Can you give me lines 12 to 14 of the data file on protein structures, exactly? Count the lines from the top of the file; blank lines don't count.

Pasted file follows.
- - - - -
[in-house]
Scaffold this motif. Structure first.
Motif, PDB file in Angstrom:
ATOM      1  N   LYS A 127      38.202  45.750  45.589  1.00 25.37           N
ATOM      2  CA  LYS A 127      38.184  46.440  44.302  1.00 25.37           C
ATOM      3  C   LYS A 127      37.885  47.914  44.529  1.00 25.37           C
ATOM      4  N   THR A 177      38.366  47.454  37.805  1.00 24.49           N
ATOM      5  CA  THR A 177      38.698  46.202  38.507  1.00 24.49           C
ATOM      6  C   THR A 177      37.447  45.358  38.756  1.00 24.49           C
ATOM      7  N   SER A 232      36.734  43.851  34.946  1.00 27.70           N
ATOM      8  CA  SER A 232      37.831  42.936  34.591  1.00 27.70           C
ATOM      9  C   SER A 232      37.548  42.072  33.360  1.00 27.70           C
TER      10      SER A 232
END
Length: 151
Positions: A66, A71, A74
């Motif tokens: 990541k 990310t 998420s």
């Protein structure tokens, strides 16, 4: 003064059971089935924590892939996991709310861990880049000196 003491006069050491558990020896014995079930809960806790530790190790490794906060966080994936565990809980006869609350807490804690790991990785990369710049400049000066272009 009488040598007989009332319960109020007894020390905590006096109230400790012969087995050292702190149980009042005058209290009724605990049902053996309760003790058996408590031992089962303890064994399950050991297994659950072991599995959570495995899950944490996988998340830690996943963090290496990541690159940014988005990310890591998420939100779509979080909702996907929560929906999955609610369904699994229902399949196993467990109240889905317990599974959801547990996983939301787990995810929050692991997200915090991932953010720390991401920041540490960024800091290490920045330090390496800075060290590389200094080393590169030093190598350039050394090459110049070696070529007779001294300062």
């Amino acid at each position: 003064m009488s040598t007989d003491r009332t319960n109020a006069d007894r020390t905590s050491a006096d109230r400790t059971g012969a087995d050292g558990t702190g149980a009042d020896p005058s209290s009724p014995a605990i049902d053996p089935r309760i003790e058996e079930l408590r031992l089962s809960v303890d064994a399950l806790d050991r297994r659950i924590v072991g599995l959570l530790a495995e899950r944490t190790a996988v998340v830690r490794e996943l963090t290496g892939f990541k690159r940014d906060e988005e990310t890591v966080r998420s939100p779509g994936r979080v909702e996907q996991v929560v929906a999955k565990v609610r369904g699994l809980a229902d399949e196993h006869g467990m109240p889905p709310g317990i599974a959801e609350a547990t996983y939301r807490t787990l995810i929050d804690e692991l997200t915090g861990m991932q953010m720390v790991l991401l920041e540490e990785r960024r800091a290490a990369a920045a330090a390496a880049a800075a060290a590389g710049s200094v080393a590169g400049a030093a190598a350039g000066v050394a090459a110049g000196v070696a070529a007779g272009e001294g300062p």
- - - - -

ATOM      9  C   SER A 232      37.548  42.072  33.360  1.00 27.70           C
TER      10      SER A 232
END